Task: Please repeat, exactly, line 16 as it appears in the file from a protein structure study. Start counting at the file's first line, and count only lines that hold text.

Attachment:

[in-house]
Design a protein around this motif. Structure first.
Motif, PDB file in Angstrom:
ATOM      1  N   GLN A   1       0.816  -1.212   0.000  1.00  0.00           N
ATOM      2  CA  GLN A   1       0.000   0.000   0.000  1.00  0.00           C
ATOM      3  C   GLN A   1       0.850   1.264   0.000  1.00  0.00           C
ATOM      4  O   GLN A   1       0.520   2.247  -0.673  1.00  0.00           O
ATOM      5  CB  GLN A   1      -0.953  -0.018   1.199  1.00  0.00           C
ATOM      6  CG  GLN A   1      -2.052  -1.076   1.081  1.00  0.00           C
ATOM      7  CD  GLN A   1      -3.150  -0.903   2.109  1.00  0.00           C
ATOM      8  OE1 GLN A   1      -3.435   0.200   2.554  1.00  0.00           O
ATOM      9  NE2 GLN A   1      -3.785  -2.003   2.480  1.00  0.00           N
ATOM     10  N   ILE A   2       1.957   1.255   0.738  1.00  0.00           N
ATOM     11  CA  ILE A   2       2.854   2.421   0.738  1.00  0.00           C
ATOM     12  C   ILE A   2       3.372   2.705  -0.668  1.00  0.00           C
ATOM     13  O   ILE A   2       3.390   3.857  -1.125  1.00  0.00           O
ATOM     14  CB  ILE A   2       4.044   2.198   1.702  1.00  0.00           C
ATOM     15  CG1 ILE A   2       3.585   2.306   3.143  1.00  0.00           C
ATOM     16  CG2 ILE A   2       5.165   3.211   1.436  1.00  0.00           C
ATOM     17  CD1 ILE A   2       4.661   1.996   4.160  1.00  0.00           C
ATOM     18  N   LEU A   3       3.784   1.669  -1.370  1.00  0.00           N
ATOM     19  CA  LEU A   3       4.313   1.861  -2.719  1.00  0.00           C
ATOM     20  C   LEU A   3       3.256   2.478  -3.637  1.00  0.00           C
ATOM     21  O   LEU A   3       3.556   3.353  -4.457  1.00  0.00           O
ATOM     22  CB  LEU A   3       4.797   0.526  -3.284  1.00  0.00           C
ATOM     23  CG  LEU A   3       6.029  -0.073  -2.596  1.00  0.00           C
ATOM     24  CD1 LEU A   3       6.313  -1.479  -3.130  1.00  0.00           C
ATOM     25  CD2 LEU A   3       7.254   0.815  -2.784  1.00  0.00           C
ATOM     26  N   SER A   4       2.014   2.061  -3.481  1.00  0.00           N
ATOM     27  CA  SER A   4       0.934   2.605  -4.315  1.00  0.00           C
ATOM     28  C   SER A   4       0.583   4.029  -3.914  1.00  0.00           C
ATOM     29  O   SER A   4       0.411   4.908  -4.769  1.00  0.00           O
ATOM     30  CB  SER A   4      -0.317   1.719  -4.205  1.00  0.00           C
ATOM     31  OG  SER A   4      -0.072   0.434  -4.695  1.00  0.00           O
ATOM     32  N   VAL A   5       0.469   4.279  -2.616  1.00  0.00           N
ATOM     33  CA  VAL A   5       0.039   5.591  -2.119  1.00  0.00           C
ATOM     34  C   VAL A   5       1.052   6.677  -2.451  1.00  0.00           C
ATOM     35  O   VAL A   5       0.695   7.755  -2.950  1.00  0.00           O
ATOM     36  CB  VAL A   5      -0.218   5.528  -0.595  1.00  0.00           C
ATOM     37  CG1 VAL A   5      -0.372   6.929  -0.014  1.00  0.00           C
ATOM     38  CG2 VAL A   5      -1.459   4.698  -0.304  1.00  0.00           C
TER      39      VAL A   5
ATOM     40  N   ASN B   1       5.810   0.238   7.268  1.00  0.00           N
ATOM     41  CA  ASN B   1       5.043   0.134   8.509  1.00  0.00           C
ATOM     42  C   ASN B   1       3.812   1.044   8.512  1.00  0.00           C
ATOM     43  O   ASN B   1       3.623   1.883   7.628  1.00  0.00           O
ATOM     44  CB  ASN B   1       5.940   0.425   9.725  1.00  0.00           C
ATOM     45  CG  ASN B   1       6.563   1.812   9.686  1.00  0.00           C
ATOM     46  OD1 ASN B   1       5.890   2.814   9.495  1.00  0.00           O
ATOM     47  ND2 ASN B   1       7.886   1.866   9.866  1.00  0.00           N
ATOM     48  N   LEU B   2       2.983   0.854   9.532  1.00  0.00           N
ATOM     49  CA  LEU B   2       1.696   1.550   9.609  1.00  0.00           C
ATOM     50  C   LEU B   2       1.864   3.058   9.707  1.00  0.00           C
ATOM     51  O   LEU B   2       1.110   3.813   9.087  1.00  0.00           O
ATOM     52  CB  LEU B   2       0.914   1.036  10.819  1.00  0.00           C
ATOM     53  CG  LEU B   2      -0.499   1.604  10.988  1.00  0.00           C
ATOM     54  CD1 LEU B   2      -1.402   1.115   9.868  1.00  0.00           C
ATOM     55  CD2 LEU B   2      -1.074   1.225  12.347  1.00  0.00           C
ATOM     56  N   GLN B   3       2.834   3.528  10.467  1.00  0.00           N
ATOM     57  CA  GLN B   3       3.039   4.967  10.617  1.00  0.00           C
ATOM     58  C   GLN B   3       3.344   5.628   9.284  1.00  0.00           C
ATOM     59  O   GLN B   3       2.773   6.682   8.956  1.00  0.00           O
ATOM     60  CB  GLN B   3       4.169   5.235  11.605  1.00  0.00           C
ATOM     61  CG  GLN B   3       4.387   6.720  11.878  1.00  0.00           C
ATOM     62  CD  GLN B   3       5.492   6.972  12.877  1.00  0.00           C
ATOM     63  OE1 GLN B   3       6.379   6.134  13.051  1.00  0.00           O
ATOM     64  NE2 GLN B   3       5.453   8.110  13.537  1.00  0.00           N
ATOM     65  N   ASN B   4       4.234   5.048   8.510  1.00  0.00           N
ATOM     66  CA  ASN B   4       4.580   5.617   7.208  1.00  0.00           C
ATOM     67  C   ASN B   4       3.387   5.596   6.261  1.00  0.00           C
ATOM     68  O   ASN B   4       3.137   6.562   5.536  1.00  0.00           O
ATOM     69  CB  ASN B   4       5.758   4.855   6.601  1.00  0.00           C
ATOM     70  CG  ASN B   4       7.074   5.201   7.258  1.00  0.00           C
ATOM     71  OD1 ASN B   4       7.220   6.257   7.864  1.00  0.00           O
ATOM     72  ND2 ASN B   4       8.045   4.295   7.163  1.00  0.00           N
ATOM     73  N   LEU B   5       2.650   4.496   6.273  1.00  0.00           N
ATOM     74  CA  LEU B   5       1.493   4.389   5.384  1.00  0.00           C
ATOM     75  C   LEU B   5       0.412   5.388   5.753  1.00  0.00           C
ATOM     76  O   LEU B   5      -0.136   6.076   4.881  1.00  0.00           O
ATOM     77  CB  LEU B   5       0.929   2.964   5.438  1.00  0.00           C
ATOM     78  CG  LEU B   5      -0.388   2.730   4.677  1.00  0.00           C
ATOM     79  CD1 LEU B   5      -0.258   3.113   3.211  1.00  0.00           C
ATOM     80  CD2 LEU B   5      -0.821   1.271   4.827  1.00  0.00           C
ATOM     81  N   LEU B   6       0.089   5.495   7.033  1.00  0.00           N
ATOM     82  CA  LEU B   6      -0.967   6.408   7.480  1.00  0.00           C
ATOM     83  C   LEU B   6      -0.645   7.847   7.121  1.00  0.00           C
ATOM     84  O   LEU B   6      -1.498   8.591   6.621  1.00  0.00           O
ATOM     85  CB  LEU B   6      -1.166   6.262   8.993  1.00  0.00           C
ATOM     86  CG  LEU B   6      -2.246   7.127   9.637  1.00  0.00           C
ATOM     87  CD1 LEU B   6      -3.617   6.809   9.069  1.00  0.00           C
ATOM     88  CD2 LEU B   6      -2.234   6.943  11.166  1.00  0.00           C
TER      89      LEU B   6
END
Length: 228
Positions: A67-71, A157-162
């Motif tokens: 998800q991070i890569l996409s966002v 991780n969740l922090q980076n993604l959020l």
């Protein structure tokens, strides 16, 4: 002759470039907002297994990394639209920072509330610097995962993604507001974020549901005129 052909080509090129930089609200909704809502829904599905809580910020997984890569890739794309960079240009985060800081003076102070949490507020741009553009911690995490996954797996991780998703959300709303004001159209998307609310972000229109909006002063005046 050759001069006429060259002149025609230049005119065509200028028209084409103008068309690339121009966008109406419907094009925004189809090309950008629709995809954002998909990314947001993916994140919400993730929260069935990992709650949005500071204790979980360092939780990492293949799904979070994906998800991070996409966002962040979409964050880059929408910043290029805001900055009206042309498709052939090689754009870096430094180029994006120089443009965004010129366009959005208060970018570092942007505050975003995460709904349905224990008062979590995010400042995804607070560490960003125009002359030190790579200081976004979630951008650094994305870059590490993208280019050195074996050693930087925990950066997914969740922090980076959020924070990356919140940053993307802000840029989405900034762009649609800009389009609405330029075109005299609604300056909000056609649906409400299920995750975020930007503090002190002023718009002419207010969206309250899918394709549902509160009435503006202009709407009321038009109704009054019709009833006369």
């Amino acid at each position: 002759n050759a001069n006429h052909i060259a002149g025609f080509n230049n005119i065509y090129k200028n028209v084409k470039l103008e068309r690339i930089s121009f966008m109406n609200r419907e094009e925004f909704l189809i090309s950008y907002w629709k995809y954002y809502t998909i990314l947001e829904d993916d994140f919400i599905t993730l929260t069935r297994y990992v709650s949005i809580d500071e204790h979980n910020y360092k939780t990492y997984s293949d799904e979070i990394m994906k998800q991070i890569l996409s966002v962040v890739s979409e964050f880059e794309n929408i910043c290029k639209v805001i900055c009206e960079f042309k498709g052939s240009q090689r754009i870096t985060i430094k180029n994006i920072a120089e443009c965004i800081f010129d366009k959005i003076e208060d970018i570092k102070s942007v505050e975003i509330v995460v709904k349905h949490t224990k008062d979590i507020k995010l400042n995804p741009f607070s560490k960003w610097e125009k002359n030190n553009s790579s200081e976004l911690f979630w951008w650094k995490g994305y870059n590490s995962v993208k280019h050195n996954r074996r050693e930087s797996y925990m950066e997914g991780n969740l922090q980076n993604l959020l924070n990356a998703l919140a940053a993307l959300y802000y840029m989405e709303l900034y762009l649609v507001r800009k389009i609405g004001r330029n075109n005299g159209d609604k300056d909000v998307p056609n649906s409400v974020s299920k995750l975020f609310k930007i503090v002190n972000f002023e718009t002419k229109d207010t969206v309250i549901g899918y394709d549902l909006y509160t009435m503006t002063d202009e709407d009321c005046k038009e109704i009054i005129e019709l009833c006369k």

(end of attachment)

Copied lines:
ATOM     13  O   ILE A   2       3.390   3.857  -1.125  1.00  0.00           O